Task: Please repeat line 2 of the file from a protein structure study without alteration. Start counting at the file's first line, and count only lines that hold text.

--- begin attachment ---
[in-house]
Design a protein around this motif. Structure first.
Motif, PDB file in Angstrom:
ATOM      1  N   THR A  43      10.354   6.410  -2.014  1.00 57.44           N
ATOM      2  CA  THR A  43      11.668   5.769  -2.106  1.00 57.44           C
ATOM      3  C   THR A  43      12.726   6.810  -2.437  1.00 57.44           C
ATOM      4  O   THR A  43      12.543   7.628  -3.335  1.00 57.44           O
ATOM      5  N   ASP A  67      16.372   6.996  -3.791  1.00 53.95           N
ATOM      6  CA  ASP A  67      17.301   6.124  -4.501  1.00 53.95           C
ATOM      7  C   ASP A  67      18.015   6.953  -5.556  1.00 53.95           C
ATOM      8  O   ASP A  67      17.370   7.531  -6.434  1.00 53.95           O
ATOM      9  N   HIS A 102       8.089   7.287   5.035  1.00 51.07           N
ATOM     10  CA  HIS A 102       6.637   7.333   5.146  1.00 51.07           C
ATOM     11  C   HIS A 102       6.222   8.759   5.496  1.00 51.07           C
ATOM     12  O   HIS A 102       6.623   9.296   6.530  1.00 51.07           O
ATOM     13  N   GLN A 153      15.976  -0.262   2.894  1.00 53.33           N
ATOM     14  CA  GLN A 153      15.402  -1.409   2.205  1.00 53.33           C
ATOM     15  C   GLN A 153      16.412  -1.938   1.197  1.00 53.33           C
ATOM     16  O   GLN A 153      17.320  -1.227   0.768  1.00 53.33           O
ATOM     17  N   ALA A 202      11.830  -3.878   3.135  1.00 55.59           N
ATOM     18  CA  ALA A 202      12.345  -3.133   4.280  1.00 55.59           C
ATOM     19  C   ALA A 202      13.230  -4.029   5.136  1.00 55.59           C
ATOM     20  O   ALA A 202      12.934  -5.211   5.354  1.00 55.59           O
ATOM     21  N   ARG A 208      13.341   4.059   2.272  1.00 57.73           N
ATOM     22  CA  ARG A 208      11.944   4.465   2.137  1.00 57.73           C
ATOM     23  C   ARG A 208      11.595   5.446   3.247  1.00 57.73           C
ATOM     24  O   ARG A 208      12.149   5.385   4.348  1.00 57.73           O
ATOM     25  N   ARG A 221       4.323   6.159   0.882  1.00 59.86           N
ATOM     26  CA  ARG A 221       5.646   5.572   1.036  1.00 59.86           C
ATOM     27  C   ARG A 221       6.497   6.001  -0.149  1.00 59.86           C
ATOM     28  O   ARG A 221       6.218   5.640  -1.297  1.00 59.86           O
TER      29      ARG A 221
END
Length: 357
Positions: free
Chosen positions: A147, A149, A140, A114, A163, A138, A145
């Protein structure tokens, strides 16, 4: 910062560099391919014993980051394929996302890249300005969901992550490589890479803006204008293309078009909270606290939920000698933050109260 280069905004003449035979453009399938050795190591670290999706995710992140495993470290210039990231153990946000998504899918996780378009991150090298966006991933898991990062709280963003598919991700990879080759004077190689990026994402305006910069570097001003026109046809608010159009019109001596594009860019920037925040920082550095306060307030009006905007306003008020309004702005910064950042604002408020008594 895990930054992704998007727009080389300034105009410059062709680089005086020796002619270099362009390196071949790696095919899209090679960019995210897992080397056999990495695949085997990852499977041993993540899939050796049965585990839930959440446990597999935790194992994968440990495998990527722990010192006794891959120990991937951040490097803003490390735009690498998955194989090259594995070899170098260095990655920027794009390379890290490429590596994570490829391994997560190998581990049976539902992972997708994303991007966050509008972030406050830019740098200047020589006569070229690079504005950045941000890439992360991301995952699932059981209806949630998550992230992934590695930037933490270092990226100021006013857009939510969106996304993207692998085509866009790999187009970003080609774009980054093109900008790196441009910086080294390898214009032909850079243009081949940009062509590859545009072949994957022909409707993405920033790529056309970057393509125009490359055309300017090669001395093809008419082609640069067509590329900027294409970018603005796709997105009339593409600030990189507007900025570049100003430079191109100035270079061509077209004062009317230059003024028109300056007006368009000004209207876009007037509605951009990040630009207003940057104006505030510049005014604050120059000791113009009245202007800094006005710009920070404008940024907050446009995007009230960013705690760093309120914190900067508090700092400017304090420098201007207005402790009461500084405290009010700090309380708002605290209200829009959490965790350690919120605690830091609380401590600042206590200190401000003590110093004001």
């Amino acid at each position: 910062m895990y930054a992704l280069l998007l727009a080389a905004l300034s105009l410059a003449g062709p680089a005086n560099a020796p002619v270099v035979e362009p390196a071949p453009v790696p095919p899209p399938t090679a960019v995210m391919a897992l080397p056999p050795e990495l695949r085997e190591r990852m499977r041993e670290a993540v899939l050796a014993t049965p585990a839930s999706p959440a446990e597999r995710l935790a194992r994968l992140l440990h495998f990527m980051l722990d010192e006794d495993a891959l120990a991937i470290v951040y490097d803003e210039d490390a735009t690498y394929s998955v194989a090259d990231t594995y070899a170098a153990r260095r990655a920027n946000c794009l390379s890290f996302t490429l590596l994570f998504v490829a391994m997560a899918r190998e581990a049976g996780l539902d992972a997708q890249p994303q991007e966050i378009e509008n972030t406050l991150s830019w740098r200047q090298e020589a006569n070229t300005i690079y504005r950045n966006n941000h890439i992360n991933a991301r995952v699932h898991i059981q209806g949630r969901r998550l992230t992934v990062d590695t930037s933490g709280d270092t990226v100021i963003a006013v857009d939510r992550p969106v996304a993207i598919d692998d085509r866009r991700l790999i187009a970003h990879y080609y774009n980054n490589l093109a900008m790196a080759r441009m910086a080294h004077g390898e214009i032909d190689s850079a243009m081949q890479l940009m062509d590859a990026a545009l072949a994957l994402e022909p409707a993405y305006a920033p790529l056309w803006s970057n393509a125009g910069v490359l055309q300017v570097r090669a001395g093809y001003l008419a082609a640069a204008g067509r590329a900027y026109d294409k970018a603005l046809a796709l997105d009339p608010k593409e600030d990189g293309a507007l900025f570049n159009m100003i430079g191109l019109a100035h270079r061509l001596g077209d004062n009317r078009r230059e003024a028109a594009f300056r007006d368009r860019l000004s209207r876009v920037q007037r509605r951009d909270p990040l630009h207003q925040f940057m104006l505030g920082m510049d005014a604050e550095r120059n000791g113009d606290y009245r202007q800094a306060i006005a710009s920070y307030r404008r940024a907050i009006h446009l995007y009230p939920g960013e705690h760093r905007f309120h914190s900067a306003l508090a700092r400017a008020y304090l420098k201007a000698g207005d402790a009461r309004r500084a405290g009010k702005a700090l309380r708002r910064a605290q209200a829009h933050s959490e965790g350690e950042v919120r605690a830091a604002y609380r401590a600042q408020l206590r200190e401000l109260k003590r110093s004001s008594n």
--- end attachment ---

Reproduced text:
Design a protein around this motif. Structure first.